I came across an interesting question on Growth Hackers and decided to respond – What’s the best way to clean out old blog posts?
This particular poster has a large number of blog posts that no longer apply to the company’s current business model. They get web traffic, and interest from potential customers, but the company doesn’t actually offer that product anymore.
I haven’t been in this extreme of a situation, but I have made hay from older posts and web pages in numerous web make-overs and relaunches.
The truth is that older web pages and blog posts do build up a lot of good Google juice. Both traffic and authority can develop out of older content that’s had a good run.
But things change, and so can your site’s content.
Here is how I’d approach this particular problem.
1st, I’d rank monthly traffic to the old posts in question. Below some cutoff, I’d characterize the posts into two or three segments and permanently redirect each segment to the best page from a related content perspective. As in, find the closest similar content on the site and point all of the low-traffic posts in that segment to that page.
The reason I’d do this is to preserve what you can of the link juice, while eliminating the content on the site that causes confusion for the visitors by offering a product that you just don’t sell anymore.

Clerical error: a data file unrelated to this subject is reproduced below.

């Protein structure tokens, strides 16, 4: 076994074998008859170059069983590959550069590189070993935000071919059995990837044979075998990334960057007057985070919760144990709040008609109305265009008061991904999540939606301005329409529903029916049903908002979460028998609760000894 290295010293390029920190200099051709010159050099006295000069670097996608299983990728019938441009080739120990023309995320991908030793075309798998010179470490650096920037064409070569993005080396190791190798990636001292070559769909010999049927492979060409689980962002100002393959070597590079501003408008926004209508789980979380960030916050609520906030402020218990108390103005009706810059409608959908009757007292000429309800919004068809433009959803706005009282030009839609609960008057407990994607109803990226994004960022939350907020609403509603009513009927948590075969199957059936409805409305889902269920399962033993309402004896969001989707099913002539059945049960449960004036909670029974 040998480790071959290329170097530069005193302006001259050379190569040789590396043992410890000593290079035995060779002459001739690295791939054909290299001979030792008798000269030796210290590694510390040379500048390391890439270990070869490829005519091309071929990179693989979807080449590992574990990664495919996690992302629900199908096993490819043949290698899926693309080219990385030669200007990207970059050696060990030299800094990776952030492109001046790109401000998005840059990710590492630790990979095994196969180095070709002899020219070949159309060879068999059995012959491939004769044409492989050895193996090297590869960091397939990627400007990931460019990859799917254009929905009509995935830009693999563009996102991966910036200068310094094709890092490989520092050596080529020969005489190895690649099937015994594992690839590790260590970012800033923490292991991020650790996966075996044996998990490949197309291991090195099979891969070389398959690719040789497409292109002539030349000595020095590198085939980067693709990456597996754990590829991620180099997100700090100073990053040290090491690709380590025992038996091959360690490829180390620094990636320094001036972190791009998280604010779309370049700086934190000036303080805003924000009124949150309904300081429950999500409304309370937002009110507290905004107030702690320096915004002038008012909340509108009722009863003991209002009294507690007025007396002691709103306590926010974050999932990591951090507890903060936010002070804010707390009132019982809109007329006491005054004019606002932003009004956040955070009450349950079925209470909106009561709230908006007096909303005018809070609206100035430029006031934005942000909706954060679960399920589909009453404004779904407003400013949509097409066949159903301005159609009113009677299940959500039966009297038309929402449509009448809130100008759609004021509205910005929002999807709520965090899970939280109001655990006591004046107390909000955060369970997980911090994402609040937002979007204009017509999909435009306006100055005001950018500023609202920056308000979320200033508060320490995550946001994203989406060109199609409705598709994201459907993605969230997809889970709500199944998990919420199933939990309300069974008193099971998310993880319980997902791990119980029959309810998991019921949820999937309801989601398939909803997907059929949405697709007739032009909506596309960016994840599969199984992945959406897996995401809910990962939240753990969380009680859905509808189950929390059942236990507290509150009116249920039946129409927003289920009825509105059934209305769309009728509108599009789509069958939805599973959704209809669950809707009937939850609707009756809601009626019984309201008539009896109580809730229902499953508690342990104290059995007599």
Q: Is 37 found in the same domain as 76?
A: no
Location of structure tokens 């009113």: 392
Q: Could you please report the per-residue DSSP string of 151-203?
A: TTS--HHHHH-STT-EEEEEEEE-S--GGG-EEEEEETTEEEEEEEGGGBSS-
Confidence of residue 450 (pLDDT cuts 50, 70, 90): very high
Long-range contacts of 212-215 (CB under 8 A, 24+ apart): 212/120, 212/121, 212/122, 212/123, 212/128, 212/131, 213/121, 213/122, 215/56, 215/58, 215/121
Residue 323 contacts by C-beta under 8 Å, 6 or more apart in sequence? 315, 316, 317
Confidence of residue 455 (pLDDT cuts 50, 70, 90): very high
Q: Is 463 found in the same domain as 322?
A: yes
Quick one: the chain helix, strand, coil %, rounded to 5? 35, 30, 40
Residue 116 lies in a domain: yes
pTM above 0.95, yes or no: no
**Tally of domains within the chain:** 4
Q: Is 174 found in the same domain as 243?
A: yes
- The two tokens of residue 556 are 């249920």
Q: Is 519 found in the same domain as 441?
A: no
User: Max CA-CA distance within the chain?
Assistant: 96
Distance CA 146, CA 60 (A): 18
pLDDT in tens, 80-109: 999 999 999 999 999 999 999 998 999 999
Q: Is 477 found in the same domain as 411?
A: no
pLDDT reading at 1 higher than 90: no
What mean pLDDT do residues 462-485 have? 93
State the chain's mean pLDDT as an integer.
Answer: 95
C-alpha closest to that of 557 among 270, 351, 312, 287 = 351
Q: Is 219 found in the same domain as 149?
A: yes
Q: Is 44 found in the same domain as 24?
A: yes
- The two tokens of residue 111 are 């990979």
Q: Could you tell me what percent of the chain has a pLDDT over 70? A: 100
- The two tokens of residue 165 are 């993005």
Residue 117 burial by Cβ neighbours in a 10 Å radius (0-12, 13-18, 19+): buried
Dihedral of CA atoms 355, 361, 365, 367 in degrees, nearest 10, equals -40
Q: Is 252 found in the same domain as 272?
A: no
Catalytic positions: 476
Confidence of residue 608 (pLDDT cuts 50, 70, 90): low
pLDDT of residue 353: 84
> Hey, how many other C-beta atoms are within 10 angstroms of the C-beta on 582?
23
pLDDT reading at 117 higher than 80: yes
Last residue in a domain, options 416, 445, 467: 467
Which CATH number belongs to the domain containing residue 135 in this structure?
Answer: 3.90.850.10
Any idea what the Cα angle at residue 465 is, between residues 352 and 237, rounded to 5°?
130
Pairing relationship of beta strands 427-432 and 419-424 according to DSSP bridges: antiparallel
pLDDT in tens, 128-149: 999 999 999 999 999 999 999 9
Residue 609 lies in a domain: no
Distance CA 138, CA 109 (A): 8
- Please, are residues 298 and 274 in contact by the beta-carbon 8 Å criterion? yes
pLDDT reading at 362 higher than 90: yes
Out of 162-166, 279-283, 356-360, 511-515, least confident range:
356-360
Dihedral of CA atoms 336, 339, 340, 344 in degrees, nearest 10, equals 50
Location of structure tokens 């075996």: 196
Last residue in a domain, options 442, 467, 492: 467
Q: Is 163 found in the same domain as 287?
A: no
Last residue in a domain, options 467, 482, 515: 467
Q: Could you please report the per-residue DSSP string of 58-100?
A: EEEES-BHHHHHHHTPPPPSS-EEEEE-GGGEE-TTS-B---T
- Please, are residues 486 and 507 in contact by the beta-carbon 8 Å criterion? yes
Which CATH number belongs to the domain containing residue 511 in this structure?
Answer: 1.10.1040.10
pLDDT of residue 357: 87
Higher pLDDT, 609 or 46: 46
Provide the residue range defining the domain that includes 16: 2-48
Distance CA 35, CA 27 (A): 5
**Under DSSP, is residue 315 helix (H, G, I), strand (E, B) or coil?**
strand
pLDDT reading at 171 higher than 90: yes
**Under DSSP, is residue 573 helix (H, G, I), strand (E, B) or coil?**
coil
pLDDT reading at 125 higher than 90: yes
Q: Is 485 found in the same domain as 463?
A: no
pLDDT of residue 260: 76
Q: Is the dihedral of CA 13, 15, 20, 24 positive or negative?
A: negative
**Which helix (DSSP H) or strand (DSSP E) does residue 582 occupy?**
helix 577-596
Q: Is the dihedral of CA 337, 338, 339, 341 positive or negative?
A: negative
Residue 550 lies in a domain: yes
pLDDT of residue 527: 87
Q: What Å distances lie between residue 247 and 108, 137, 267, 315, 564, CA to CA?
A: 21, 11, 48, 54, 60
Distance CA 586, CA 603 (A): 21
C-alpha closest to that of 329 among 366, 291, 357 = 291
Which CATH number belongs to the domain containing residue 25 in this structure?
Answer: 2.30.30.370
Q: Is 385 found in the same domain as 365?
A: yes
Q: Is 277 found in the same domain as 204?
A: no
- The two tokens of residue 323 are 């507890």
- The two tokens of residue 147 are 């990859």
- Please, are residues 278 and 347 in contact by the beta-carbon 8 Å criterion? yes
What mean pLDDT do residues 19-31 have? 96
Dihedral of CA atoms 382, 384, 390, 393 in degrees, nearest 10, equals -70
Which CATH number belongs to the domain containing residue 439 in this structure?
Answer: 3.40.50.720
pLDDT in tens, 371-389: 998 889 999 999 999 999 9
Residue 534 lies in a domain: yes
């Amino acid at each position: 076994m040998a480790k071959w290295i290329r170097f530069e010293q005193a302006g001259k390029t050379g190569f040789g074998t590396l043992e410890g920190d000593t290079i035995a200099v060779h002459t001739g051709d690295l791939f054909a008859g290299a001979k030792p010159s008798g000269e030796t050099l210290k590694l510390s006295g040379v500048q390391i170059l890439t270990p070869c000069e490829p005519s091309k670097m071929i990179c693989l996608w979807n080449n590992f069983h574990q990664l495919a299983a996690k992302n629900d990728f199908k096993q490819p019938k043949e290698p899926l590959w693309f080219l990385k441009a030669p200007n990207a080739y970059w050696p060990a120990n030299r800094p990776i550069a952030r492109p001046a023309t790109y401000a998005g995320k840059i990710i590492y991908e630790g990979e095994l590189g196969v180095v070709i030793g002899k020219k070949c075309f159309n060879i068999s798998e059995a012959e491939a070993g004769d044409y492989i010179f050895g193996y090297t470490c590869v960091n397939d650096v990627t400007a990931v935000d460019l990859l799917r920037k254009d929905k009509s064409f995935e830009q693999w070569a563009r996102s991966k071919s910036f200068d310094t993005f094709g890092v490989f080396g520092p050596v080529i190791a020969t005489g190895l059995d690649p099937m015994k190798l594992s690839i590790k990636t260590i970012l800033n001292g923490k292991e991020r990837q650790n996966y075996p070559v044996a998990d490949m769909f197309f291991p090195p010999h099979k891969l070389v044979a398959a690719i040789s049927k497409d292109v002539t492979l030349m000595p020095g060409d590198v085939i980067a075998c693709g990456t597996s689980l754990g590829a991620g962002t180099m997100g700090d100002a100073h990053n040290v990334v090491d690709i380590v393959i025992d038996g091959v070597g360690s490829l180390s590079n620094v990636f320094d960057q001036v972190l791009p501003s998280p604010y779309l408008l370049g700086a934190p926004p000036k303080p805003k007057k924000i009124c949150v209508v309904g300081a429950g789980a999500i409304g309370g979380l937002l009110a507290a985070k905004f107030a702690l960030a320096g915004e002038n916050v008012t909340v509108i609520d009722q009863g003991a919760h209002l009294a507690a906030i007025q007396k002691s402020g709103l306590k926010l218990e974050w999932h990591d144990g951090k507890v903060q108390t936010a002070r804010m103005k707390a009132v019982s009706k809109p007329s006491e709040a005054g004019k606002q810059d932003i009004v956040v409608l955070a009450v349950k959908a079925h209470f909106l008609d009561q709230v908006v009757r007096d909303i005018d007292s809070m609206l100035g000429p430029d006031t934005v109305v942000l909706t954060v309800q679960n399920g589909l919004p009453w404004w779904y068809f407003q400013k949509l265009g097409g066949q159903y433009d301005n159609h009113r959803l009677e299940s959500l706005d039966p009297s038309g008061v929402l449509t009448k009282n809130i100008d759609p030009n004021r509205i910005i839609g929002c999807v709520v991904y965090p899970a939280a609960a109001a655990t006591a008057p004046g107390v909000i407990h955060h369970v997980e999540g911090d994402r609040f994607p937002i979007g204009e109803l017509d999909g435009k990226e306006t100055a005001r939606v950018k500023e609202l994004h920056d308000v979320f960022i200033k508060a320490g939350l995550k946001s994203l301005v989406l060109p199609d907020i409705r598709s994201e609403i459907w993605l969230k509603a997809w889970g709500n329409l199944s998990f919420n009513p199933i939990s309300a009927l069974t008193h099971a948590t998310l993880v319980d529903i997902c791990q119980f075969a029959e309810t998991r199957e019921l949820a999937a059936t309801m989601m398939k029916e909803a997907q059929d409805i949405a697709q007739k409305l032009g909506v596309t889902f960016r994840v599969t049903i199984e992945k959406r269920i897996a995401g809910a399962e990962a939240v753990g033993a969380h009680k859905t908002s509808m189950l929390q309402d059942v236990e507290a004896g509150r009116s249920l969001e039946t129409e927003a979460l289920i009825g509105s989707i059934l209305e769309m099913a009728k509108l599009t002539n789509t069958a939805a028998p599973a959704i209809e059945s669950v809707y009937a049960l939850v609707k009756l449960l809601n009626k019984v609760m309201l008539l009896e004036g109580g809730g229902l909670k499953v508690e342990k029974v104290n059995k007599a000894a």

For the higher traffic posts, I’d find a way to rewrite the post to apply to the current business model. Unless the business had DRAMATICALLY changed, as in you used to be an uber for dog sitters and now offer marketing automation software, I think you can come up with content that is related enough to keep Google sending the traffic.
I’d approach the rewrite from a customer experience perspective. The goal is to provide something of value to the visitor. Google appreciates new content on well ranking pages, so ‘refreshing’ the content in a way that it overlaps with the visitor intent and your company’s new direction should be successful from retaining your ranking and providing a visitor experience that keeps the person engaged with the page.
A few SEO notes on the refreshed content:
- I’d keep the URL the same.
- If you can use the main keyword of the page (the former title probably) in the first or second paragraph to try to preserve some of the juice.
- The goal should be engaging content that scoots the visitor toward your current business model